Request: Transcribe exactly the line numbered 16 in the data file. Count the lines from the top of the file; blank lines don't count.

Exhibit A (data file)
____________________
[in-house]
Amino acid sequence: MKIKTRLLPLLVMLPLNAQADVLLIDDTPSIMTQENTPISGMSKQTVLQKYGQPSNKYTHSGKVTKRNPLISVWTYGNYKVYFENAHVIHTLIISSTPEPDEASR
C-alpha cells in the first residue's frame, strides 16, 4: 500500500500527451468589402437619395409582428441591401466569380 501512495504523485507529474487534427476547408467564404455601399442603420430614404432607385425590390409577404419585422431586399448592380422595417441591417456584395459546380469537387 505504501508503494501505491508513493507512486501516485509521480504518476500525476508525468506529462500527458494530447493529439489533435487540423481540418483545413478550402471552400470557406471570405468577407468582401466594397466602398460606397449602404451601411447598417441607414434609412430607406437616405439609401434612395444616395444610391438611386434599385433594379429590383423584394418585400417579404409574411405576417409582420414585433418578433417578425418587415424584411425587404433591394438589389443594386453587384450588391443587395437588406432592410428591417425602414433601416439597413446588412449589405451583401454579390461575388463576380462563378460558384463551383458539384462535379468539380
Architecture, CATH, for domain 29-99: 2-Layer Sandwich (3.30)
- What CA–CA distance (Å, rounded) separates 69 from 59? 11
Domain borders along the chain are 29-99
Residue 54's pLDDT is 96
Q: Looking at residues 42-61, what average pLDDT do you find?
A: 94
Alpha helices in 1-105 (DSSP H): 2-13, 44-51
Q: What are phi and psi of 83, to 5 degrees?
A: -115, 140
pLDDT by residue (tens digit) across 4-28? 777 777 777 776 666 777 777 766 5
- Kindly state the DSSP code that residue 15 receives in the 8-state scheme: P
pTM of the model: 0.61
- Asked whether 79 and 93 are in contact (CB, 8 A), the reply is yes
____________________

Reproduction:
- Asked whether 79 and 93 are in contact (CB, 8 A), the reply is yes